I think she got up to 175 pounds on her deadlifts, which is insane. That's great — it's one and a half times her body weight. It's really cool to watch a body adapt and see her get stronger. This is beautiful to me because women are doing what men do, and doing it better in a lot of ways.


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Back to the sled push-and-pull.

In my gym, I have a 30-yard track and we'll do 30 to 60 with pushing and pulling. Lateral movements, explosive movements. It's very dynamic and most of the time it's single leg work. If you think about it, you're always picking one foot up, so that body is having to handle that external load through the hand and feet, transferring through the body, so it exploits and strengthens a lot of the weaknesses we have.

It is a full-body workout, which is a very important point to make. We're not just going through and isolating this muscle or that muscle. A great way to keep the body very balanced is to do exercises like the sled, because you're not overloading one muscle to work as a unit. Nowadays it's more about performance.


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You also had Alison do pull-ups.

For pull-ups, we would do sets of 10 pull-ups. Some days we would do weighted, where we'd add a weight vest. She got to the point where I was happy with 10 solid pull-ups.

She also got so strong on push-ups, we actually had 50 pounds of chains put on her back. I kid you not. It's a great exercise. It's incredible.

We'll do what we call a drop set. Each chain weighs 25 pounds and so we would drape both chains over her waist. She would do 8 reps, with two chains, so 50 pounds. I would pull a chain off and she'd do another 8 reps, nonstop. There's no stopping here, so that's 16 reps. Then she would do another set with just her body weight. We would do sets of this, so a set of 24 push-ups.


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To your point earlier, she doesn't look like she's bulked up, but obviously she's gotten a lot stronger.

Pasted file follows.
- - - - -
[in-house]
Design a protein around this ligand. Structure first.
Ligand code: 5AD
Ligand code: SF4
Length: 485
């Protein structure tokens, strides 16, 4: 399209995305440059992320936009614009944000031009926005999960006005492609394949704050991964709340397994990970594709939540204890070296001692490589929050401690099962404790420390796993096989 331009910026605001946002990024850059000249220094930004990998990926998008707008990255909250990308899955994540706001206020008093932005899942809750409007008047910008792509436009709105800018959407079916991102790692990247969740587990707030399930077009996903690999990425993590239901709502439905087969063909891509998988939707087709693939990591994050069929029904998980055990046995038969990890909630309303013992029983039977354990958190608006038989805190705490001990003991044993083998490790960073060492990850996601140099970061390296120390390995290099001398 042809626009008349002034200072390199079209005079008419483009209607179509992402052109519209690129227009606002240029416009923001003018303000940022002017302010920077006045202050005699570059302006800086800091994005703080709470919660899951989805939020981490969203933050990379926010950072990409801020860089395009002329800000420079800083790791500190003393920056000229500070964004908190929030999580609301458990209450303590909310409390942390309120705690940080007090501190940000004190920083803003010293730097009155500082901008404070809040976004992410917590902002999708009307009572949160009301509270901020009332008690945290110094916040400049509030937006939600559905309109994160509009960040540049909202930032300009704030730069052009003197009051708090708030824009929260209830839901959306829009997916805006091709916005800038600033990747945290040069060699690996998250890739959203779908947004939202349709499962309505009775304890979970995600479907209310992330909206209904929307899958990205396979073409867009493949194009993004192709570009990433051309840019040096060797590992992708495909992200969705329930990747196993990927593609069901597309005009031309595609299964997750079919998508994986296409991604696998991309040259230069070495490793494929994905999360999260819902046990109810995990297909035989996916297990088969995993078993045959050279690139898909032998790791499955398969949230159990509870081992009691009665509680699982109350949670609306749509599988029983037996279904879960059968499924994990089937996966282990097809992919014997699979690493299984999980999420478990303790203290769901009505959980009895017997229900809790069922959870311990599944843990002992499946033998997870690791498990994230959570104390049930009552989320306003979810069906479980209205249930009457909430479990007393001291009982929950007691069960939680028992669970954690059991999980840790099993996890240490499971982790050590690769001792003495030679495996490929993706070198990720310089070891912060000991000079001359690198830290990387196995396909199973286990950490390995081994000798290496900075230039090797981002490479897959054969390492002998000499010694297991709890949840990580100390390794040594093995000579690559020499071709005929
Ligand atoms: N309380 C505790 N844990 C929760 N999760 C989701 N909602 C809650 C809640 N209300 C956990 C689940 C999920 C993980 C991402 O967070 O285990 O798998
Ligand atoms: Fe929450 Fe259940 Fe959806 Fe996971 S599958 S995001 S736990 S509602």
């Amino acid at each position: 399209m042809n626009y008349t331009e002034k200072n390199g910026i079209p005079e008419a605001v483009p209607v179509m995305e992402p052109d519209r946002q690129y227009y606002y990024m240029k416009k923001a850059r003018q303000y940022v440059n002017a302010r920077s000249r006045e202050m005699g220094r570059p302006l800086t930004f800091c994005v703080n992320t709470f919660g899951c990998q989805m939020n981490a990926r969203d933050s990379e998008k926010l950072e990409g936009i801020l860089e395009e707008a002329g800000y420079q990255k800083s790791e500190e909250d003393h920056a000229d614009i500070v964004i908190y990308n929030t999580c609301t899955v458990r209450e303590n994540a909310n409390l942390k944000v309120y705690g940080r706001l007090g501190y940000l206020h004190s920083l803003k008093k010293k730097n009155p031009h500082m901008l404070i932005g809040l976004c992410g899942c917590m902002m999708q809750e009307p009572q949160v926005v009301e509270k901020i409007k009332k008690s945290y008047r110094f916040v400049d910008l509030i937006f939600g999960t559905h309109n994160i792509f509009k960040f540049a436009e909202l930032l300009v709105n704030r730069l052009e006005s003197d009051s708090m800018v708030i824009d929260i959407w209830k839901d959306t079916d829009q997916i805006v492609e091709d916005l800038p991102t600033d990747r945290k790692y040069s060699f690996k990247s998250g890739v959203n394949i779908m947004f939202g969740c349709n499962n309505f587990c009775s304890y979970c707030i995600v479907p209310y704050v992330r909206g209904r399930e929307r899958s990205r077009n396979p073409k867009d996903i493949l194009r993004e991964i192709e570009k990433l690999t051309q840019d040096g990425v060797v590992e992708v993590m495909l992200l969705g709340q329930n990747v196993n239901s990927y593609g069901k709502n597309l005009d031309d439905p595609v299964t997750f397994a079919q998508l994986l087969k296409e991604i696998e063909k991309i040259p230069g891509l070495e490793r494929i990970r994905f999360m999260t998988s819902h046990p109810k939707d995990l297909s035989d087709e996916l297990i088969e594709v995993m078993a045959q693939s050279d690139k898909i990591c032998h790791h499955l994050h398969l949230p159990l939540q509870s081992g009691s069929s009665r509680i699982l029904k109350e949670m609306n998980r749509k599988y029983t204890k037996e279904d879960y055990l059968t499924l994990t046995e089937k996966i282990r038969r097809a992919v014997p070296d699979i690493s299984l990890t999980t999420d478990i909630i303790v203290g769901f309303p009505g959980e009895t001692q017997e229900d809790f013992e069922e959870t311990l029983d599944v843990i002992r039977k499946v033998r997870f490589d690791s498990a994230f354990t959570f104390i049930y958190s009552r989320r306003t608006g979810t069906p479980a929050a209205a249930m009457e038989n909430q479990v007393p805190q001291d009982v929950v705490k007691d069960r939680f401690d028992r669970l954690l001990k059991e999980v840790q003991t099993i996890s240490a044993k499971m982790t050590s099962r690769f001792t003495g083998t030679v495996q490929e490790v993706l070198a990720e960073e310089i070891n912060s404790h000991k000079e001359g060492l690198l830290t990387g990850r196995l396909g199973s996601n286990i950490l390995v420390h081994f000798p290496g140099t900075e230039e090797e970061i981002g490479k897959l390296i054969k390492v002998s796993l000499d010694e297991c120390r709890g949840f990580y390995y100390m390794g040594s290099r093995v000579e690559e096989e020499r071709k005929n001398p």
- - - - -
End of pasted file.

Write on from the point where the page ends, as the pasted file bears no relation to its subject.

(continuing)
You'll see it in the show. She'll be in a leotard and you'll be like, "Damn! All right!"

Did you work with her in coming up with a diet plan?

She's pretty good on the diet stuff. She didn't run too high of a risk with high body composition, where she had a lot of body fat or anything like that. I think we put her on creatine as a supplement to help with her workouts. She had recovery protein drinks. She had a pretty balanced diet.

In addition to the sleds, pull-ups, push-ups and deadlifts, were there any other exercises she did?

Hip thrusts — that really focuses on the glutes. I want to say she got up to 300 pounds on the hip thrusts. It's insane. We're not doing it to push her where she could break. She could do it. There's no reason why you can't do it if you're strong enough to do it. When you're going heavy like that, I think we got up to four reps.

And then conditioning is a whole other aspect. I mean you get a lot of conditioning with the sleds and deadlifts, believe it or not, you get so much conditioning for that that when you're done, you're out of breath. You're hurting, you're sweating like crazy. But to add insult to injury, she would go and take Rise Nation classes, which is the other company that I have. She goes all the time, but she would go and supplement her weight training with the classes. That's her 30 minutes of high-intensity conditioning.